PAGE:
Scientists have finally figured out how the key gene tied to obesity makes people fat, a major discovery that could open the door to an entirely new approach to the problem beyond diet and exercise.
The work solves a big mystery: Since 2007, researchers have known that a gene called FTO was related to obesity, but they didn't know how, and could not tie it to appetite or other known factors.
Now experiments reveal that a faulty version of the gene causes energy from food to be stored as fat rather than burned. Genetic tinkering in mice and on human cells in the lab suggests this can be reversed, giving hope that a drug or other treatment might be developed to do the same in people.
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The work was led by scientists at MIT and Harvard University and published online by the New England Journal of Medicine.
The discovery challenges the notion that "when people get obese it was basically their own choice because they choose to eat too much or not exercise," said study leader Melina Claussnitzer, a genetics specialist at Harvard-affiliated Beth Israel Deaconess Medical Centre. "For the first time, genetics has revealed a mechanism in obesity that was not really suspected before" and gives a third explanation or factor that's involved.
Independent experts praised the discovery.
"It's a big deal," said Dr. Clifford Rosen, a scientist at Maine Medical Centre Research Institute and an associate editor at the medical journal.
Unlikely to be a magic pill
"A lot of people think the obesity epidemic is all about eating too much," but our fat cells play a role in how food gets used, he said. With this discovery, "you now have a pathway for drugs that can make those fat cells work differently."
Several obesity drugs are already on the market, but they are generally used for short-term weight loss and are aimed at the brain and appetite; they don't directly target metabolism.
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Researchers can't guess how long it might take before a drug based on the new findings becomes available. But it's unlikely it would be a magic pill that would enable people to eat anything they want without packing on the pounds. And targeting this fat pathway could affect other things, so a treatment would need rigorous testing to prove safe and effective.
The gene glitch doesn't explain all obesity. It was found in 44 percent of Europeans but only 5 percent of blacks, so other genes clearly are at work, and food and exercise still matter.
Having the glitch doesn't destine you to become obese but may predispose you to it. People with two faulty copies of the gene (one from Mom and one from Dad) weighed an average of 7 pounds more than those without them. But some were obviously a lot heavier than that, and even 7 pounds can be the difference between a healthy and an unhealthy weight, said Manolis Kellis, a professor at MIT.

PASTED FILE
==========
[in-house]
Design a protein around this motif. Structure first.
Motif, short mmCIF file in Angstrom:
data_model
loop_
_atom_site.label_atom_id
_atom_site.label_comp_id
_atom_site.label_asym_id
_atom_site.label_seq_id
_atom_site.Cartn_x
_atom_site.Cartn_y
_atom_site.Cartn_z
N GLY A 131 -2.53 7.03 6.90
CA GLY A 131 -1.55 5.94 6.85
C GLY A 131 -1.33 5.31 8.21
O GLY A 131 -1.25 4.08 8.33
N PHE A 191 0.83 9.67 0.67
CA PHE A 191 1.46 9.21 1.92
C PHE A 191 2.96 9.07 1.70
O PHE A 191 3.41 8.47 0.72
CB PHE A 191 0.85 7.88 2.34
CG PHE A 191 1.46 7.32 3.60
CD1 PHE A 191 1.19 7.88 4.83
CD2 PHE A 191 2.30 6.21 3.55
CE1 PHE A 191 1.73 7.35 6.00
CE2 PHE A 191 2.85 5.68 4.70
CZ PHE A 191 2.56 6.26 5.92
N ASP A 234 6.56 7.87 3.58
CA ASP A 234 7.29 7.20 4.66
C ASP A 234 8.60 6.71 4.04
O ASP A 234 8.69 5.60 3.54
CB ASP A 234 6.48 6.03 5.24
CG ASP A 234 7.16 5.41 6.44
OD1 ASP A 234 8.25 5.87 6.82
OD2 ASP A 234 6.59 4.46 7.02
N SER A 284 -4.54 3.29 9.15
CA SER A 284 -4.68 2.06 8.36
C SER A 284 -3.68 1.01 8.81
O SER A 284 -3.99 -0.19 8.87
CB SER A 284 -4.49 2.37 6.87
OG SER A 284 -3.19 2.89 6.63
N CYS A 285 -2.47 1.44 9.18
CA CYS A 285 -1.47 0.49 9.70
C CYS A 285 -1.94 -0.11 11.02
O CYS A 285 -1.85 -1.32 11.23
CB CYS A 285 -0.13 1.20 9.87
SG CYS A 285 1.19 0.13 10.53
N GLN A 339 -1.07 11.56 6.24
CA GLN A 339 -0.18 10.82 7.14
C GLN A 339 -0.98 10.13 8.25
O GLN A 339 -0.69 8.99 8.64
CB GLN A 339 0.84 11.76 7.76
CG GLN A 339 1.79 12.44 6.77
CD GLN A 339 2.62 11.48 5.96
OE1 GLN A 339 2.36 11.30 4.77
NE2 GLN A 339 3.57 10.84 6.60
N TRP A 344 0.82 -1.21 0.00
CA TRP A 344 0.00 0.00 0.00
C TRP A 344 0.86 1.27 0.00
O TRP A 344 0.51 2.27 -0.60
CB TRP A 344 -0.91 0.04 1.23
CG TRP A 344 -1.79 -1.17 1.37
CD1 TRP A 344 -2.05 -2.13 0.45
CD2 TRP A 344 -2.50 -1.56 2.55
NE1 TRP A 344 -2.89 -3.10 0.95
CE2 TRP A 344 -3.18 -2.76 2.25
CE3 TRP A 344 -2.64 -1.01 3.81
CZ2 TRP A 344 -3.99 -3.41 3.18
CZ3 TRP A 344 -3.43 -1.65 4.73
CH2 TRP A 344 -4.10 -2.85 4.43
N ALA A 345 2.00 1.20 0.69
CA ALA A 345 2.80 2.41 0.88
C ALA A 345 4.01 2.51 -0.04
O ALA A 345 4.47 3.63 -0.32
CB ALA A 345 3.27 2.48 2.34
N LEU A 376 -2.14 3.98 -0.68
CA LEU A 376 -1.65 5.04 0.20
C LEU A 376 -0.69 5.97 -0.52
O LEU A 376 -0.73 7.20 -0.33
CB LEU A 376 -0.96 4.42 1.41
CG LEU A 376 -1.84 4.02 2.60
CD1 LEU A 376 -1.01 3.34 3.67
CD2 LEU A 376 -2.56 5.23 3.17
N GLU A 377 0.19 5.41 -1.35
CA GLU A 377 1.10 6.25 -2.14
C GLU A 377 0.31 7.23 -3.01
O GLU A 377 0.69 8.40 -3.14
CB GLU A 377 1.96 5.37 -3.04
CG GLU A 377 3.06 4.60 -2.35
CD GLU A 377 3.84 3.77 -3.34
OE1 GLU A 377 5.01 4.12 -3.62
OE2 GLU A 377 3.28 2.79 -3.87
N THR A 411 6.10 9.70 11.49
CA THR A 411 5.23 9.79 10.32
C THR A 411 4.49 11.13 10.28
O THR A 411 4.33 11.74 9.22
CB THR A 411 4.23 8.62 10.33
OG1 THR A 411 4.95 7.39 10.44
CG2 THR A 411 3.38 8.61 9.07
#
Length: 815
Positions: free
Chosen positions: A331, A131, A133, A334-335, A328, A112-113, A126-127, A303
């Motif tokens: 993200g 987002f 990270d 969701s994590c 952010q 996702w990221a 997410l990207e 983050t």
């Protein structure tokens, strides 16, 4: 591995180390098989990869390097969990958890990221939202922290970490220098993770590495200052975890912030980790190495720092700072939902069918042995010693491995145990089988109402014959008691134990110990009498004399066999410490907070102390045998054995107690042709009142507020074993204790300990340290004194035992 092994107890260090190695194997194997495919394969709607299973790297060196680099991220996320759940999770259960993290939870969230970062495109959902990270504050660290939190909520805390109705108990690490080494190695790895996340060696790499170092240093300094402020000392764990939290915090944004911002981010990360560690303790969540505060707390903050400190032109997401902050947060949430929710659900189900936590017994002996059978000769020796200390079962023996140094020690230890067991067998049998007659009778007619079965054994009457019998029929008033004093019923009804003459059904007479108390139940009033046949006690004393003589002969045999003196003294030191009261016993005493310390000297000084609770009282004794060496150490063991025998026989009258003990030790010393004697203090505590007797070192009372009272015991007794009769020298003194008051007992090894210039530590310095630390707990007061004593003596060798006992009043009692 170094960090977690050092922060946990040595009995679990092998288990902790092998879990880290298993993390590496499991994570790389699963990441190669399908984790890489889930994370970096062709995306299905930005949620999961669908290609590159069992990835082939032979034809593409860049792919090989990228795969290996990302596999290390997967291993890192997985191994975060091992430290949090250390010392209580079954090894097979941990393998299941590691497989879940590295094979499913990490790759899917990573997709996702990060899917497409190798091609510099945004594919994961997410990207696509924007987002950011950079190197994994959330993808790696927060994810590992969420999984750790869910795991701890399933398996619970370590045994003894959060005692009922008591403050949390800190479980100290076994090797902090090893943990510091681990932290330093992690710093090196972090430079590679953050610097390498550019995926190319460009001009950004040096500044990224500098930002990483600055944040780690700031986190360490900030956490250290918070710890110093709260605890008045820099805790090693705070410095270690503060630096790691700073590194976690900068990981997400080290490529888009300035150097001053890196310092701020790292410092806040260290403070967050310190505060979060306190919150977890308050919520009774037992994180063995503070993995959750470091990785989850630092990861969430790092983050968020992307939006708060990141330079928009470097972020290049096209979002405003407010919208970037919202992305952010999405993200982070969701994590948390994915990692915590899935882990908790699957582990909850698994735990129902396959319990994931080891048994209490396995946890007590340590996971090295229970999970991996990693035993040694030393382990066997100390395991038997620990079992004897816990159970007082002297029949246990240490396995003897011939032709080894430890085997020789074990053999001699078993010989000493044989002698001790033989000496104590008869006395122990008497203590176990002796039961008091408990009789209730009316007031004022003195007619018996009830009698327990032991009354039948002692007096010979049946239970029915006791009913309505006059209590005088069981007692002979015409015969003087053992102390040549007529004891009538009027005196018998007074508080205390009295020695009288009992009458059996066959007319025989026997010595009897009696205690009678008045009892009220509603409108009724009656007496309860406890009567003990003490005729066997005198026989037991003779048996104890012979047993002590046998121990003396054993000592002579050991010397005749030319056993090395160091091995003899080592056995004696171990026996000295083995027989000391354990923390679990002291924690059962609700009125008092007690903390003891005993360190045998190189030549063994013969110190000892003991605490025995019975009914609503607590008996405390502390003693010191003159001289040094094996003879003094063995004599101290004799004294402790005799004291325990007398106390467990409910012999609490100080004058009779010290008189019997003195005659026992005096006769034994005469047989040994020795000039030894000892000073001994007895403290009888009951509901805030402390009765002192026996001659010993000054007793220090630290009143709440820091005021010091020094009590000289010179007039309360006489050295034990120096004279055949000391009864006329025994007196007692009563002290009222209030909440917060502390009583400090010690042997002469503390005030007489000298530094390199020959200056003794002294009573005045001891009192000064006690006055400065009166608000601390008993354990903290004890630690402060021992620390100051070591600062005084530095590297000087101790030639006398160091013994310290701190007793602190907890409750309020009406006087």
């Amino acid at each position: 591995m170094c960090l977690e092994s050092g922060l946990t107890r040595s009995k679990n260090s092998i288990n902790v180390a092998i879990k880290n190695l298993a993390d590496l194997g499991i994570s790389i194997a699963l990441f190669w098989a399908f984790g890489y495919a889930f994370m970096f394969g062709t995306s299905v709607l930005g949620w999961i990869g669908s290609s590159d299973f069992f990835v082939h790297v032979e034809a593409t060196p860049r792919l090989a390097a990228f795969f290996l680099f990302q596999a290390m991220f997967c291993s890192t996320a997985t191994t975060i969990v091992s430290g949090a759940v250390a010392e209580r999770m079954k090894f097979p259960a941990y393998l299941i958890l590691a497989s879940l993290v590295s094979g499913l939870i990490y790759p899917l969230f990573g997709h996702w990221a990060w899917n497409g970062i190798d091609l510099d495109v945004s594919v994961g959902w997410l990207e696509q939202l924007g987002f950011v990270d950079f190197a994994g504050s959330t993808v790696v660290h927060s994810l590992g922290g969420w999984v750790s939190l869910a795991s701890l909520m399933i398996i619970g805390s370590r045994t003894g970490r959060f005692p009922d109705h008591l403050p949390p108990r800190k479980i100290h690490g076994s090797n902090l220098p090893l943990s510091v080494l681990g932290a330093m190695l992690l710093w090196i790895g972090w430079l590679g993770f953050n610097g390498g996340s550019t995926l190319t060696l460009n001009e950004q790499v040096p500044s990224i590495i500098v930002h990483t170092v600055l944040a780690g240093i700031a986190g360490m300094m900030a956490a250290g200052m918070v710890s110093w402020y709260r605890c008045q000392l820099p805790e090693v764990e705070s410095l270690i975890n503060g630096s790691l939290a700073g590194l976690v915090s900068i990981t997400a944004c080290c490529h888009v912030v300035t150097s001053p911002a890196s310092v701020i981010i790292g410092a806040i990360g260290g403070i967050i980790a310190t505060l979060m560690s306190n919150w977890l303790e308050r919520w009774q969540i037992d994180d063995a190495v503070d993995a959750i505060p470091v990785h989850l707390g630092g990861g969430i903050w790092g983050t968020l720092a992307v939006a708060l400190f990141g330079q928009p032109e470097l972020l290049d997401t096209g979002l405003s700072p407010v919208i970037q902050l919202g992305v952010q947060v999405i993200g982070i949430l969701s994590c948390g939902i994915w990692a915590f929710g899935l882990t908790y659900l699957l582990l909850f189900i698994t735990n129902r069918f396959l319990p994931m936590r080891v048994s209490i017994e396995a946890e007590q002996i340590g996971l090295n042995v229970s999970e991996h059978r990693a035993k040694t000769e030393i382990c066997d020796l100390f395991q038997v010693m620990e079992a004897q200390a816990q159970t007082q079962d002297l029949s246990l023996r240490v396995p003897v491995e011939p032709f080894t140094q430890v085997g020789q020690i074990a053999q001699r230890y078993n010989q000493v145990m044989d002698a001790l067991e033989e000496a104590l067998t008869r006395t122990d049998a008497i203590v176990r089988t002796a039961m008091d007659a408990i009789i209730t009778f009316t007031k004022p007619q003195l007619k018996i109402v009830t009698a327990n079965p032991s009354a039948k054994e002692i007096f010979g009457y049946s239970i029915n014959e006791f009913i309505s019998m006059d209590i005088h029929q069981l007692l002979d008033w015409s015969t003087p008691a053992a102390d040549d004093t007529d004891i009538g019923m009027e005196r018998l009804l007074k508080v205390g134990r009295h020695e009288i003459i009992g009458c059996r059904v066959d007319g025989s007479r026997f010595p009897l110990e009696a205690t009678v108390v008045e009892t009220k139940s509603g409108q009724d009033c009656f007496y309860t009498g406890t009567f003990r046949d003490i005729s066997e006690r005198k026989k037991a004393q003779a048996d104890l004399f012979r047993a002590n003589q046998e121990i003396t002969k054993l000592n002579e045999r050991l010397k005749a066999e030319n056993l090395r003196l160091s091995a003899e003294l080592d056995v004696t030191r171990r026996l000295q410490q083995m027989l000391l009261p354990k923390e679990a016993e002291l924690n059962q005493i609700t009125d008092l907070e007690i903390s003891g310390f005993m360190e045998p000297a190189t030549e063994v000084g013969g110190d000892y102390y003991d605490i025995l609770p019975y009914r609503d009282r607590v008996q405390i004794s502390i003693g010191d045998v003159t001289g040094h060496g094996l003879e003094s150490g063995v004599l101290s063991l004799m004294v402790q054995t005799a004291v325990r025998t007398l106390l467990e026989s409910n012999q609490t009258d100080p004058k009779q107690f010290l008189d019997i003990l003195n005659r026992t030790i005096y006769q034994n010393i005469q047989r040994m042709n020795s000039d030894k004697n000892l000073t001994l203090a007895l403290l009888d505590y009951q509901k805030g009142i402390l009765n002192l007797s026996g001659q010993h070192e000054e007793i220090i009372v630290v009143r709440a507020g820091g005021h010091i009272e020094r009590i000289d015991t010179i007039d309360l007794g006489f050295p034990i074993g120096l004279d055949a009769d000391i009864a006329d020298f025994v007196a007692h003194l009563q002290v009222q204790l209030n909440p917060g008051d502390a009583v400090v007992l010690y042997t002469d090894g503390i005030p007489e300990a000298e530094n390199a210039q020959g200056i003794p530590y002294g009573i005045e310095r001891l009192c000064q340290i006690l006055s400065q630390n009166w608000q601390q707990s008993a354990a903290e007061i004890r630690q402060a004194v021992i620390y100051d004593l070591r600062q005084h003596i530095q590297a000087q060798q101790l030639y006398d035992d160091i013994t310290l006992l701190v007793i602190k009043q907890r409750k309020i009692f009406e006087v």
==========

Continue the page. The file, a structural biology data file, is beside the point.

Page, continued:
He and Claussnitzer are seeking a patent related to the work. It was done on people in Europe, Sweden and Norway, and funded by the German Research Centre for Environmental Health and others, including the U.S. National Institutes of Health.
Obesity affects more than 500 million people worldwide and contributes to a host of diseases. In the U.S., about one-third of adults are obese and another one-third are more modestly overweight.
Blocking the gene's effect
The FTO gene turns out to influence obesity indirectly, as a master switch that affects two other genes that control thermogenesis, or burning off energy. It's long been known that brown or beige fatty tissue – the so-called "good fat" – burns calories, while the more common white fat stores them. The body constantly makes fat cells, and the two genes determine whether they become brown or white ones.
In one experiment described in the medical journal, researchers blocked the faulty gene's effect in mice and found they became 50 percent leaner than other mice despite eating a high-fat diet, and burned more energy even when asleep.
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In other tests on human cells, blocking the gene's effect increased energy burning in fat cells. Editing out the problem gene in human cells in the lab also restored normal metabolic function.
Researchers don't know the impact of having just one faulty copy of the gene but think it has less of an effect than having two copies.
Several companies are trying to develop treatments to stimulate brown fat, and the new research suggests a novel approach.
"It's a potential target" for drug development, said Dr. Sam Klein, an obesity researcher at Washington University in St. Louis. He called the work "an amazing study" and "a scientific tour de force."
Dr. Rudolph Leibel, an obesity expert at Columbia University in New York, used the same term – "tour de force." Still, some earlier research suggests the FTO gene may influence other aspects of obesity such as behaviour and appetite.
"It's possible there are several mechanisms being affected," and that fat-burning is not the whole story, he said.
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